The week started slowly with a morning visit to Bentley Wood where the only things of any significance happening on the ponds are the empty exuvia of Southern Hawkers and a few patrolling Azures & Large Reds.
Wednesday was much better. An early morning excursion to Dibden Bottom produced several fresh Emerald Damselflies and the odd teneral Black Darter.
The main pond is looking much healthier than I’ve seen before and there was even a patrolling Emperor.
Across the road Furzey Pond proved it’s usual disappointment and Rushbush Pond only had a couple of Four-spotted Chasers doing the rounds. The heath itself didn’t throw up anything – except the surprise of a lone Golden-ringed in a gorse thicket.
I visited Crockford Stream afterwards and besides the odd Keeled Skimmer and teneral Common Darters the only real action was provided by Southern Damselflies. For once I decided to follow the stream upstream onto the heath and noticed far more activity with plenty of Southern Damsels, Beautiful Demoiselles and a lot more Keeled Skimmers.
After picking up Sue I decided to return to Dibden Bottom for more photo opportunities, but the weather was proving very annoying with a persistent 15 mph wind bringing in a funnel of predominantly dark cloud while the margins were showing blue skies. Having filled my boots we drove to Cadnam Common where things were much brighter with a good deal of late afternoon activity.
Battling for territory were Black-tailed and Keeled Skimmers, Four-spotted and Broad-bodied Chasers – including an ovipositing female – and a couple of Emperors.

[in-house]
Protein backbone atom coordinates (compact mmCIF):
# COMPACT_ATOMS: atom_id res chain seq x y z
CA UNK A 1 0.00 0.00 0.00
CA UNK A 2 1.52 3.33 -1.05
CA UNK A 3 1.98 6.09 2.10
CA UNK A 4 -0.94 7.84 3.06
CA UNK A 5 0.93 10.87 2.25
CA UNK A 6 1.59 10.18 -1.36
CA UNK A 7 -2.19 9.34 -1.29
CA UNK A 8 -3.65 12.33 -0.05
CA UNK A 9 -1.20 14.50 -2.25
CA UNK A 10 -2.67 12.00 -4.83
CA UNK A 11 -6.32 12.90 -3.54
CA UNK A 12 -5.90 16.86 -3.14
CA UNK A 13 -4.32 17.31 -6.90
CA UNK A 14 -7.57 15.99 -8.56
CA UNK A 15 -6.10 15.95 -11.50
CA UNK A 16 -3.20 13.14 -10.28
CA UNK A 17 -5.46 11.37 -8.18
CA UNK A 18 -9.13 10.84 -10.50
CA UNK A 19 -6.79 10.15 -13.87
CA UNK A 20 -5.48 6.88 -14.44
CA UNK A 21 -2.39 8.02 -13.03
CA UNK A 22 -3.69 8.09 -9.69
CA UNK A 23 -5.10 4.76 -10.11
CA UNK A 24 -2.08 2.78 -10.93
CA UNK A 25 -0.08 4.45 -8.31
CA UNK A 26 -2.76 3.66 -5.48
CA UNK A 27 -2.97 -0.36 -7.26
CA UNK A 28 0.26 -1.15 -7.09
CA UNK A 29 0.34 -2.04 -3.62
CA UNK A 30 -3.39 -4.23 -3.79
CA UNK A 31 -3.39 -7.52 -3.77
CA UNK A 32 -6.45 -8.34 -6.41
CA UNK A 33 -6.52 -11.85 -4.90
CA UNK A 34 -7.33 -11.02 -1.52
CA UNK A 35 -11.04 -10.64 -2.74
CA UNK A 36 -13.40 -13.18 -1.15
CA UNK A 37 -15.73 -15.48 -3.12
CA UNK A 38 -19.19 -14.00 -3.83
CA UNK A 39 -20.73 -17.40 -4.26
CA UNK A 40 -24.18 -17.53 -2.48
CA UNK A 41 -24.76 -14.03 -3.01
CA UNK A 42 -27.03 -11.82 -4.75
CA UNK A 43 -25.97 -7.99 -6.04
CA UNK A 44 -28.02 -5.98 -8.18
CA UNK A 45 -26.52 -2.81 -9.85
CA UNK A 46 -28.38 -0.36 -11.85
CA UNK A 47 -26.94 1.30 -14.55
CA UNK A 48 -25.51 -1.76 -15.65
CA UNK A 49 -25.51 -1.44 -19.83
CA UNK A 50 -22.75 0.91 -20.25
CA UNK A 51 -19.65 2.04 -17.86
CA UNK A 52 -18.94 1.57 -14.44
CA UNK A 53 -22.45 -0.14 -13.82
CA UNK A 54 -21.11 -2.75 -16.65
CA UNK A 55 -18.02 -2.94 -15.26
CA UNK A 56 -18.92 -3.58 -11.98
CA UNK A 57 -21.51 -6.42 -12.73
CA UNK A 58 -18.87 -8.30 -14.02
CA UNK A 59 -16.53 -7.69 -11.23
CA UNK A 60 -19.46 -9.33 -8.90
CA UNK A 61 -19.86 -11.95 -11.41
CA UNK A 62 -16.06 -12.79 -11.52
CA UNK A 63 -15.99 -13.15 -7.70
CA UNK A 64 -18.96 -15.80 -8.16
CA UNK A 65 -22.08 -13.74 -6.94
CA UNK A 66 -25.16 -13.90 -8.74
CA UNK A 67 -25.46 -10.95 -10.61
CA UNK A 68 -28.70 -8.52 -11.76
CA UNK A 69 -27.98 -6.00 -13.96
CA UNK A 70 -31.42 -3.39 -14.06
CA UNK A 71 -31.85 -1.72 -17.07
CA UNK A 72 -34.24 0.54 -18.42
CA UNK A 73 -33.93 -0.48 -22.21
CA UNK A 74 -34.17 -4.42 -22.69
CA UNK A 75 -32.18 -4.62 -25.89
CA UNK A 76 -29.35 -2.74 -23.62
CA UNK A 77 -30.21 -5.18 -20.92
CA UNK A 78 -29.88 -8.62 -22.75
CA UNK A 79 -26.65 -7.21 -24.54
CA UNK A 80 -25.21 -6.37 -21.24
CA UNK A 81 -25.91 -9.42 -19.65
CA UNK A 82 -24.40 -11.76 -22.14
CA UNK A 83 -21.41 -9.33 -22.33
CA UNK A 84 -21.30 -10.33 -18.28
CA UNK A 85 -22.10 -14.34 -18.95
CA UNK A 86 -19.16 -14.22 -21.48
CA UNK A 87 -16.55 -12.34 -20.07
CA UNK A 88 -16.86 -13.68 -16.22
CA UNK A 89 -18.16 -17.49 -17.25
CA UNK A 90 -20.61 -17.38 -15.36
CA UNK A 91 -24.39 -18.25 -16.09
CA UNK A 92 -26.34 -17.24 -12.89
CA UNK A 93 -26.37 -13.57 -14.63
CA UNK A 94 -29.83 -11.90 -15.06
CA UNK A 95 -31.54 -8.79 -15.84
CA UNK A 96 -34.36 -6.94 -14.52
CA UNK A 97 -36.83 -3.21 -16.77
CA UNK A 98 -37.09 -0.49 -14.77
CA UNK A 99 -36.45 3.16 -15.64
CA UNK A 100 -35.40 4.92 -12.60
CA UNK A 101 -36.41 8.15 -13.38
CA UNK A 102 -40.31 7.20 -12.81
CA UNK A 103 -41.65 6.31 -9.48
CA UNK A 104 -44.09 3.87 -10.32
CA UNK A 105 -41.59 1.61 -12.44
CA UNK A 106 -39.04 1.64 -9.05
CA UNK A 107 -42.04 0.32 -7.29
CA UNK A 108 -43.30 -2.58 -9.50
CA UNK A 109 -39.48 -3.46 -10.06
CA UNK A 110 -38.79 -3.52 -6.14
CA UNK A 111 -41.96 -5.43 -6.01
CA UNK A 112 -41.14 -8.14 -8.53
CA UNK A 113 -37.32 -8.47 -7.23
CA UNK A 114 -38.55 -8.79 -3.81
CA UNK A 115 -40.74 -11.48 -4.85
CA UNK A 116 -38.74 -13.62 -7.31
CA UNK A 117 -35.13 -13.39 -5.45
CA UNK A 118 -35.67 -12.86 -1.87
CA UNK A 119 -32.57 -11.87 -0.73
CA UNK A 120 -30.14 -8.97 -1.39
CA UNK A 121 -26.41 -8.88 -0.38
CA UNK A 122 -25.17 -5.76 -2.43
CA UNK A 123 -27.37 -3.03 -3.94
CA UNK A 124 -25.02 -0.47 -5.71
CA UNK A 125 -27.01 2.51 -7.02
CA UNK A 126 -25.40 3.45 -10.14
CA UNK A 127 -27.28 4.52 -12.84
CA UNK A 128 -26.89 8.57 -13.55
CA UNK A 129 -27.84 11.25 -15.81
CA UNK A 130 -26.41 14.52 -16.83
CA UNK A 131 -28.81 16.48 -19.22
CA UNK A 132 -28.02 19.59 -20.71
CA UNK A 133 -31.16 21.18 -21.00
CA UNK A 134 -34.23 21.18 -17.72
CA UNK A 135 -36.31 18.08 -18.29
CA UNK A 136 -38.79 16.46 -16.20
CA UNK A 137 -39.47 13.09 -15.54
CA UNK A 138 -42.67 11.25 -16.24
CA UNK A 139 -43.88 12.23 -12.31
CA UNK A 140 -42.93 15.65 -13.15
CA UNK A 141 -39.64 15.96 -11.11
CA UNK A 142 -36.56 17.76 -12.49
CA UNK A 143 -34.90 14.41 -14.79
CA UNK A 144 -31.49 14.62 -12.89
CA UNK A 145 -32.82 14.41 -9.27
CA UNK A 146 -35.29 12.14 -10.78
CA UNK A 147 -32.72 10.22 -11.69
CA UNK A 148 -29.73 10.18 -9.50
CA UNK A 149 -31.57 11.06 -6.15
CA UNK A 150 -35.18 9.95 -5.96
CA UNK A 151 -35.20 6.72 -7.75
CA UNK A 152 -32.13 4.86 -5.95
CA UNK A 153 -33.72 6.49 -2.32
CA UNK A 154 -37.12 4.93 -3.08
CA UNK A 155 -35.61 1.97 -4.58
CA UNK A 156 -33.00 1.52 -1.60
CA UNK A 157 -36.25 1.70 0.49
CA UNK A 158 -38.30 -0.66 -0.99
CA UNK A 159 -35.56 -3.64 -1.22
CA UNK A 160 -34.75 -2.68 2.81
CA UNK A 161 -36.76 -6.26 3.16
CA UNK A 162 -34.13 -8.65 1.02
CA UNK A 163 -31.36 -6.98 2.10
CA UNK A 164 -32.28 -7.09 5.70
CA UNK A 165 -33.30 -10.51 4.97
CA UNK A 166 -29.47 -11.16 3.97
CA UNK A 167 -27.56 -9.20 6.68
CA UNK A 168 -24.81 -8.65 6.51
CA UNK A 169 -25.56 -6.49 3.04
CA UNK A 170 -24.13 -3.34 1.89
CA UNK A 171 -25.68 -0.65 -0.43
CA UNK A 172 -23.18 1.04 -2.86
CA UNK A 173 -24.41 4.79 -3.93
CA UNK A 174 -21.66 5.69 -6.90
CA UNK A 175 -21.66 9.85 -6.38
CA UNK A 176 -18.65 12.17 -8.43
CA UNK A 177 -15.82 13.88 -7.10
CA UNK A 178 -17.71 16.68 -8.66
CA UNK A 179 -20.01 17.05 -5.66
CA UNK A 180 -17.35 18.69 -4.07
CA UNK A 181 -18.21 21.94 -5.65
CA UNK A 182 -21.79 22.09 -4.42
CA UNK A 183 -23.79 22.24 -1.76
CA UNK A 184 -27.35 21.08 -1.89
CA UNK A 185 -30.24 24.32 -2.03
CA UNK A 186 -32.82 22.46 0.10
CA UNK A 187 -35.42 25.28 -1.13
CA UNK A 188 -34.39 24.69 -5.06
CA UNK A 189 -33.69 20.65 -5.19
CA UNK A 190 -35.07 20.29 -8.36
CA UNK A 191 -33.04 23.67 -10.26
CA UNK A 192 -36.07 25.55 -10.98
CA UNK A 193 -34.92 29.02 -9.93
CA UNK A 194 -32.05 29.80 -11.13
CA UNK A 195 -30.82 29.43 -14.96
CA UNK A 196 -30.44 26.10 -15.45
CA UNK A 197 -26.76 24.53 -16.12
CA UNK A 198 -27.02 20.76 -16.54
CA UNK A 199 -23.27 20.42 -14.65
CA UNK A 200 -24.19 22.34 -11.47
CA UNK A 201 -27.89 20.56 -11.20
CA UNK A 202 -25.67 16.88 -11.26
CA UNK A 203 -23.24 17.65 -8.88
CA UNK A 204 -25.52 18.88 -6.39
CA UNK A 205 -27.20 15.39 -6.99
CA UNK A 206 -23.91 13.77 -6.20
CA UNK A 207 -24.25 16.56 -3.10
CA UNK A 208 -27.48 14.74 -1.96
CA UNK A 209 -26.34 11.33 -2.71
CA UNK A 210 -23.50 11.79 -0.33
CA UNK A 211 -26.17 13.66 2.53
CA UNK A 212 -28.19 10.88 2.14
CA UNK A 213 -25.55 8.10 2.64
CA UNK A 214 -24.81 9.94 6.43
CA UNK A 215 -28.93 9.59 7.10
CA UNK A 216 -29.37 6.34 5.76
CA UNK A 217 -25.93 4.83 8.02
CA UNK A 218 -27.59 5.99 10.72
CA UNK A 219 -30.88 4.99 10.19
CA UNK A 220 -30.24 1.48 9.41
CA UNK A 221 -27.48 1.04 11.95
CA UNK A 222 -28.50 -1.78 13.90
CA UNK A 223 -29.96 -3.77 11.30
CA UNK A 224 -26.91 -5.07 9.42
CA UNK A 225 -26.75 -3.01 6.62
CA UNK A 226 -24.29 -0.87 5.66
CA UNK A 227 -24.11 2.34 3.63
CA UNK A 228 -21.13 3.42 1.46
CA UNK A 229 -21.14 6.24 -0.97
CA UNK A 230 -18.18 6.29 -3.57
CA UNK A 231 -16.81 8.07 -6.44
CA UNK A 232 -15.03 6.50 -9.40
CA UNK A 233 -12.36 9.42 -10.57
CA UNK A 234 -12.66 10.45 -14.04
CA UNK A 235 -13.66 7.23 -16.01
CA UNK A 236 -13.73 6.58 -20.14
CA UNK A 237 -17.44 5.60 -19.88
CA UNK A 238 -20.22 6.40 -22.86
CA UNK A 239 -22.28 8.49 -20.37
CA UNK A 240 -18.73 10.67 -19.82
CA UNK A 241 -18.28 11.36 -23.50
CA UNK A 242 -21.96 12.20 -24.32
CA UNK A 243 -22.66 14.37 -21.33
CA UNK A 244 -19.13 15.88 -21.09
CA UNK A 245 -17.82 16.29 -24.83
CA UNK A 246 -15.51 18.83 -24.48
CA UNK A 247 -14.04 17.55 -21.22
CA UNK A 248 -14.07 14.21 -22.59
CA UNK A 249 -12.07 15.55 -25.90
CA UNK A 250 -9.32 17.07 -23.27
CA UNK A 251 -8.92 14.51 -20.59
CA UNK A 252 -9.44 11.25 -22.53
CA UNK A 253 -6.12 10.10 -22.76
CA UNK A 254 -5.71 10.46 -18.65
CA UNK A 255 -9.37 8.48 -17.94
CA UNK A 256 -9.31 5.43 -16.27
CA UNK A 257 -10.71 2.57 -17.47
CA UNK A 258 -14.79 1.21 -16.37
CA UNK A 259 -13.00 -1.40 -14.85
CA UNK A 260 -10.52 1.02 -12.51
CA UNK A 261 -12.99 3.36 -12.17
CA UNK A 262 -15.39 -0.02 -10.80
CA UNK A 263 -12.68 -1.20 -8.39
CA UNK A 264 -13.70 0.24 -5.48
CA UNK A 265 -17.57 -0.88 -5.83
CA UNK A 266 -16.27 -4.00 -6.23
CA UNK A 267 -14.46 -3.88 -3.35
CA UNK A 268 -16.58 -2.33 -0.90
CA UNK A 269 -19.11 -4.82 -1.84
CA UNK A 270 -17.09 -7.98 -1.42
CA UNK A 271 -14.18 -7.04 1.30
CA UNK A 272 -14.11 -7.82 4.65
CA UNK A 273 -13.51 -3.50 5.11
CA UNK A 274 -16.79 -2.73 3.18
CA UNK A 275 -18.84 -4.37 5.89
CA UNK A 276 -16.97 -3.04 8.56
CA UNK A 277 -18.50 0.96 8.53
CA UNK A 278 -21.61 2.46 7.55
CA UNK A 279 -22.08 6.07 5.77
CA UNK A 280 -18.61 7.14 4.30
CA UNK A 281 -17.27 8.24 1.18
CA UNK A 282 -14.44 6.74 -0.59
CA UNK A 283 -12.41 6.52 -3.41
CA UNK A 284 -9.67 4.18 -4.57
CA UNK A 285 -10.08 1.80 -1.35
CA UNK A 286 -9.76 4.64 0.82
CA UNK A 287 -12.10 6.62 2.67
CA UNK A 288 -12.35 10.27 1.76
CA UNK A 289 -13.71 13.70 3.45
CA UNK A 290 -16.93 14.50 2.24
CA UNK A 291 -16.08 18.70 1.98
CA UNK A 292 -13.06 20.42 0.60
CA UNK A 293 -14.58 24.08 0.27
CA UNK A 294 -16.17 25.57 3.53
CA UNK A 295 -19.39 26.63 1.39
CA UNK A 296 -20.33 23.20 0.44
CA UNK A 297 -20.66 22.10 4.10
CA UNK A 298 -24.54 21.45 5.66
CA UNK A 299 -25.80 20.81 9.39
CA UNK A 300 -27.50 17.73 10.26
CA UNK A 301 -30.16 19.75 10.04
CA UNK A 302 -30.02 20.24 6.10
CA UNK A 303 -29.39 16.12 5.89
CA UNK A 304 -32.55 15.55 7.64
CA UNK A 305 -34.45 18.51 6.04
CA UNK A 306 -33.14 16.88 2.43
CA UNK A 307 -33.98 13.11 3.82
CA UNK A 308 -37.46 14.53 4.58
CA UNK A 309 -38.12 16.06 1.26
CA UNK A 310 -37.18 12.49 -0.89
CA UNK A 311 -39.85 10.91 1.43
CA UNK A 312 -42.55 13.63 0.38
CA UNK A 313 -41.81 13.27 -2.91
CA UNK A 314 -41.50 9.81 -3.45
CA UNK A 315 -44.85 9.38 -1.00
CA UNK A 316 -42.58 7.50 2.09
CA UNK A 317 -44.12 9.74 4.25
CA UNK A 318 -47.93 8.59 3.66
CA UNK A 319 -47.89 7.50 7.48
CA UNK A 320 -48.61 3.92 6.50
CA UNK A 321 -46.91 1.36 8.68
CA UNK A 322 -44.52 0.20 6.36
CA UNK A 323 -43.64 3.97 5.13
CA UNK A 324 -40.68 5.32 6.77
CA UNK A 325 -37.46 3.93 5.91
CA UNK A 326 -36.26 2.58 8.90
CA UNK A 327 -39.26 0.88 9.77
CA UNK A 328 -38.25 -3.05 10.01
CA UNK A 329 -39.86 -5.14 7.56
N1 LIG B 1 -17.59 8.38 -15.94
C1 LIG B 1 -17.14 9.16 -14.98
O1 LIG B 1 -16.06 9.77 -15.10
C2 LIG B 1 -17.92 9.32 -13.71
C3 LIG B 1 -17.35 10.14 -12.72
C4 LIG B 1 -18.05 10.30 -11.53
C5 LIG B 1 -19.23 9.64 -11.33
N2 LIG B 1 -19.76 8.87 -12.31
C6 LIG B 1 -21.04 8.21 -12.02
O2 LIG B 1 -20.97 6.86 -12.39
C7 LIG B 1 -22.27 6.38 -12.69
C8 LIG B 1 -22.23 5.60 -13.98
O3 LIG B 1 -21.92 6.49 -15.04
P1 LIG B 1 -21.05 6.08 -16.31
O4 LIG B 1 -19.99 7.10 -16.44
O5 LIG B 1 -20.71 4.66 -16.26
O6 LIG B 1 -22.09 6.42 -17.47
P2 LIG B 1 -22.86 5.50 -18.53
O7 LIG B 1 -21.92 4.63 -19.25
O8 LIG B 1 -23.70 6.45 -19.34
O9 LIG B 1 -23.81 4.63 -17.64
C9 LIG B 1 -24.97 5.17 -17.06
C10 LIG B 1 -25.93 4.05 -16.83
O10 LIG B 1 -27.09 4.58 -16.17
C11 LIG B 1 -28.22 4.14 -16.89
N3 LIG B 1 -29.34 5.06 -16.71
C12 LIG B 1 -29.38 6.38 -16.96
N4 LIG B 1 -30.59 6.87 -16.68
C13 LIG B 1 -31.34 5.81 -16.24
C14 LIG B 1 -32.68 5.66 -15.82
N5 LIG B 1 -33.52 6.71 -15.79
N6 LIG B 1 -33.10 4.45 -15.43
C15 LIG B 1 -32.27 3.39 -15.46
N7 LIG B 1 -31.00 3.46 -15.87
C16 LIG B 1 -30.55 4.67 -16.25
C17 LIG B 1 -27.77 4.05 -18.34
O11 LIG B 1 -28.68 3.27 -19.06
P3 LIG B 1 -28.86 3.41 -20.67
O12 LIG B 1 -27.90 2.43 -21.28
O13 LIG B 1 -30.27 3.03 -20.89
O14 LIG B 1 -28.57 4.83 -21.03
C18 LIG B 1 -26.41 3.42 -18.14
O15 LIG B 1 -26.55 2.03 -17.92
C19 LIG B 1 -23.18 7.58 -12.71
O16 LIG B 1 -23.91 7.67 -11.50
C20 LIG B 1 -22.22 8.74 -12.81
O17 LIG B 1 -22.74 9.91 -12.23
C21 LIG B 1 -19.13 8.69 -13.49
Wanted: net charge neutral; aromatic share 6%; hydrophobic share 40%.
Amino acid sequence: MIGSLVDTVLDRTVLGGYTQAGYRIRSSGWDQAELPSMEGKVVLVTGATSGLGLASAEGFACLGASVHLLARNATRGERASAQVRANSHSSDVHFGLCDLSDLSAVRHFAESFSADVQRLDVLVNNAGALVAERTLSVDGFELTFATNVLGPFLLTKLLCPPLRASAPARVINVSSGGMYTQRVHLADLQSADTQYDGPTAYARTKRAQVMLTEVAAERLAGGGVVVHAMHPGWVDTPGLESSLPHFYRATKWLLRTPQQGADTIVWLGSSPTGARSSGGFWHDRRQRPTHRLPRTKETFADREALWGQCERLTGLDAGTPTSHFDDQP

On the Damsel front were Azure, Blue-tailed and the odd Emerald.
The forecast for Thursday morning was good, so I couldn’t pass up the chance and spent a glorious three hours at Pennington. Arriving at 9.30am meant I had to wait a little while before things kicked off, but there were the inevitable Blue-tailed on the wing, followed by Azures and Large Reds.
First to grace the pond were the Black-tailed Skimmers
followed shortly afterwards by the Emperors – one holding territory over the south end, one over the north and one along the back channel.
Joining my chosen subject over the south end was a lone female Emperor ovipositing which was approached by the male a few times and irritated by a couple of Black-tailed.
While I was attempting some in-flight shots of the male Emperor I heard a whoosh and saw a blur through the viewfinder as a Hobby appeared from nowhere at great speed and attempted to whisk away my quarry.
Luckily my quarry had outmaneuvered the interloper and I had a brief chance to snap a record shot as it flew off over the trees never to be seen again. This is the first time I’ve seen a Hobby at close quarters – about 10 feet away from me when it struck.
It was one of those moments which take your breath away and I took about a quarter of an hour to recover and take in what I had witnessed. One of those life moments, for sure.
At around 11.00am a couple of Golden-ringed appeared along the stream, closely pursued by the territorial Emperor. I only saw the one teneral Common Darter this morning.
Back to my quarry and after watching him parade around his territory he landed close by in the reeds and allowed me to get in close – definitely the closest I have ever managed to get to a perched Emperor.
By 11.30am the cloud had thickened and the pond went quiet, so I packed up and moved on after a quite superb and eventful morning. Hopefully this has taught me to stay put and resist the temptation to move on too quickly.